The dose makes the poison. However, that dose may not be the same for everyone. A recent study shows that a human population of the Argentinean Andes has genetically adapted to a polluted environment and increased its resistance to arsenic toxicity.
Natural selection is one of the mechanisms driving evolution and is central to the notion of adaptation: individuals that possess characteristics beneficial to their survival and reproduction in a given environment are likely to produce more offspring than other individuals; as they pass on the beneficial traits to their descendants, these characteristics become more and more common in the population.
There are a few well-known examples of recent selection in humans: lactase persistence (which enables adults to digest lactose), resistance to malaria, increase in the number of copies of the amylase gene (which improves the capacity of humans to digest starch-rich diets), or skin pigmentation (which is lighter in regions where UV radiations are less intense). Now, Swedish researchers have uncovered evidence of human adaptation to an arsenic-rich environment in a population of the Argentinean Andes.
Arsenic is metabolized in the body by enzymes that transform it into two slightly different chemical forms, monomethylarsonic acid (MMA) and dimethylarsinic acid (DMA) – they do so by attaching one or two methyl groups to arsenic, respectively (a methyl group is a chemical group made of one atom of carbon and three atoms of hydrogen). DMA is more readily excreted in the urine and is less toxic than MMA. The efficiency of arsenic metabolism and the proportions of the two metabolites MMA and DMA in the urine vary in different human populations. Certain indigenous populations in the Andes, including the one the researchers studied, are known to metabolize arsenic efficiently and to mostly excrete the less toxic metabolite DMA rather then MMA.
By analyzing genetic variations present in the genome of 124 women living in a village of the Argentinean Andes with high environmental arsenic exposure, the researchers identified a region of the genome that seemed to particularly relate to efficient arsenic metabolism. In particular, they found important genetic differences in a region containing AS3MT, a gene that codes for an enzyme involved in arsenic methylation, when they compared the Argentinean population to a closely related Peruvian population living in a region with lower levels of environmental arsenic. This indicated to the researchers that AS3MT likely played a major role in the adaptation of human populations to high levels of arsenic in the environment. Using other methods to compare the genetic variation between the Argentinean Andes population and Peruvian and Colombian populations, the researchers found further evidence for positive selection of genetic variants associated with efficient arsenic metabolism in the Argentinean Andes population.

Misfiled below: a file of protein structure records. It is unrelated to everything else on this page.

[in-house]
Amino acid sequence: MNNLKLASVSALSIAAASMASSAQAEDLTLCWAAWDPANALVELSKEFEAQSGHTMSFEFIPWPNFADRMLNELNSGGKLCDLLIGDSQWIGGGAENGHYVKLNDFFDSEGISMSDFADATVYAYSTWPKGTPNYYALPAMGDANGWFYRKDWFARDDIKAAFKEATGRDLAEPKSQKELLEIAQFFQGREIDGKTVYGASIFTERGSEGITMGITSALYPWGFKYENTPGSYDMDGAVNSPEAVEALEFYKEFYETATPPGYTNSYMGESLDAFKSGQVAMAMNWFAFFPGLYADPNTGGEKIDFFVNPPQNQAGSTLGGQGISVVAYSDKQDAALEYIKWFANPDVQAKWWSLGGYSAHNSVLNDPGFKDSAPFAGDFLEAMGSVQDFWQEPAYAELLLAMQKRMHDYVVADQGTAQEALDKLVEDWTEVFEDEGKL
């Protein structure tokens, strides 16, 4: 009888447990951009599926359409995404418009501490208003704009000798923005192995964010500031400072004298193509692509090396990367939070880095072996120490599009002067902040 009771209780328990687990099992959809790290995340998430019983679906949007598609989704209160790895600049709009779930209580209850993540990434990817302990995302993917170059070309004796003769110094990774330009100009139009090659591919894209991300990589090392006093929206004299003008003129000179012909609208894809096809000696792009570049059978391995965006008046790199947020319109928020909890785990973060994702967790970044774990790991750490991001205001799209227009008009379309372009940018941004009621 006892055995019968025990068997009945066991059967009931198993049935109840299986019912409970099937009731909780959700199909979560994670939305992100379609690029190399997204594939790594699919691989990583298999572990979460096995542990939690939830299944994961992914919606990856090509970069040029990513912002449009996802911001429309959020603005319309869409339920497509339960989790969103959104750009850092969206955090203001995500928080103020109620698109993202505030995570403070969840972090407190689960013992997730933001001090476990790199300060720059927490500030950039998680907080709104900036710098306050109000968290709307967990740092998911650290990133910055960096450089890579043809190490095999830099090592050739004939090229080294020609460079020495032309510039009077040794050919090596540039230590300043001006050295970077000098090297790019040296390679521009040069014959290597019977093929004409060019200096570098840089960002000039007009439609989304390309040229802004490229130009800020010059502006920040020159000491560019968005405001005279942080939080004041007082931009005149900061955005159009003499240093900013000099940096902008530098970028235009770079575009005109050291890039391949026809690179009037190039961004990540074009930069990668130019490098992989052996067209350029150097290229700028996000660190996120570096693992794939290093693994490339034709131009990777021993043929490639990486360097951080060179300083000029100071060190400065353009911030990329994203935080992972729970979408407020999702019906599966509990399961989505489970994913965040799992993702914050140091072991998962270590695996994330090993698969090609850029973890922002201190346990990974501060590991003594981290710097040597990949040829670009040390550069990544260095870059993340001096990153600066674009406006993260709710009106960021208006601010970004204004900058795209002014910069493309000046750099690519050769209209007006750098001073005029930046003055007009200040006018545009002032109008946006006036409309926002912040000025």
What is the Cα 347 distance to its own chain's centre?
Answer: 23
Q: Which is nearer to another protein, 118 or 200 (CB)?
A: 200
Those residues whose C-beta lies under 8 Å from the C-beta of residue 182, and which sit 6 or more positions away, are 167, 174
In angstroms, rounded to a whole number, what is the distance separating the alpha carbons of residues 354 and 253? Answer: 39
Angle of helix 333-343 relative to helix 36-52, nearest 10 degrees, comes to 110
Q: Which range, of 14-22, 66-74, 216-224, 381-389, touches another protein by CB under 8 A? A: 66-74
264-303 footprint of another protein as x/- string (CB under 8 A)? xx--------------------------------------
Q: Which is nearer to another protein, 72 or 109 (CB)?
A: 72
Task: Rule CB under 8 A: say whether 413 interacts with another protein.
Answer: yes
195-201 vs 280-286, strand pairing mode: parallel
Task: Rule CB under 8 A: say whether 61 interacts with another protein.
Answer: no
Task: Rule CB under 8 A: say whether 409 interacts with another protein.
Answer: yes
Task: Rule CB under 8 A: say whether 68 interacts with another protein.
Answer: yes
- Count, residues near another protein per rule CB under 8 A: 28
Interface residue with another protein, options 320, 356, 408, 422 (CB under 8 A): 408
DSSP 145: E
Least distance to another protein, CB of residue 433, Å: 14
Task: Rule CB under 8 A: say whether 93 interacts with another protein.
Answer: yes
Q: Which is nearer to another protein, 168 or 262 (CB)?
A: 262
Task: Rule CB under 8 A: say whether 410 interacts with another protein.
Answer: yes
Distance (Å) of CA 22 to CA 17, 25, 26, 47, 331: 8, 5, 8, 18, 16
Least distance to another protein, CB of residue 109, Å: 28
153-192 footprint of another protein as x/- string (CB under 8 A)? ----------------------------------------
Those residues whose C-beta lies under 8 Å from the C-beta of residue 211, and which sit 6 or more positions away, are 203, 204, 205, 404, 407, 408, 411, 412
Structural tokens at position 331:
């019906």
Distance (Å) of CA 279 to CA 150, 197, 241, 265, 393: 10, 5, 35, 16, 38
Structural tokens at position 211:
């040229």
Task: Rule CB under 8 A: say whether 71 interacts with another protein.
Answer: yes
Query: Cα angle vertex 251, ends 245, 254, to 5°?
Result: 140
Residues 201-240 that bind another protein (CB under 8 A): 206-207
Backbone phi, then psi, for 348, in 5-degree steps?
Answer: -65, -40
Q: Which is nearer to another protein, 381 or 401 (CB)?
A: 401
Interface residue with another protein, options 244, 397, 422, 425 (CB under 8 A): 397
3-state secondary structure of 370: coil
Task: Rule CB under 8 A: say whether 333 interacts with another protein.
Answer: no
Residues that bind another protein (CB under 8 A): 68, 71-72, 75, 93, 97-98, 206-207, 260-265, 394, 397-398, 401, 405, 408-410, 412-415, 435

Arsenic is naturally present in the bedrock in many places, and in certain regions of the world humans have been exposed to high levels of arsenic in drinking water for thousands of years. The northern Argentinean Andes is one such region. It is unclear when the selective pressure related to arsenic exposure would have started, but it is likely to be some time between about 11,000 years ago (suggested date for a human population settlement in this region) and about 7,000 years ago (estimated age of a mummy found in this region that had high levels of arsenic in hair).
This study is the first to show that human populations have been able to adapt, in a relatively short time (evolutionarily speaking), to a local environmental pollutant they encountered when settling into a new part of the world. Perhaps this should come as good news to a species that has now become so adept at polluting its own environment. Or perhaps not. After all, a relatively short time in evolutionary terms is still a long time compared to the speed at which humans are now able to contaminate their environment with toxic pollutants.
Human Adaptation to Arsenic-Rich Environments. Schlebusch CM, Gattepaille LM, Engström K, Vahter M, Jakobsson M, Broberg K. Mol Biol Evol. 2015 Mar 3. doi: 10.1093/molbev/msv046
Schlebusch CM, Gattepaille LM, Engström K, Vahter M, Jakobsson M, & Broberg K (2015). Human Adaptation to Arsenic-Rich Environments. Molecular biology and evolution PMID: 25739736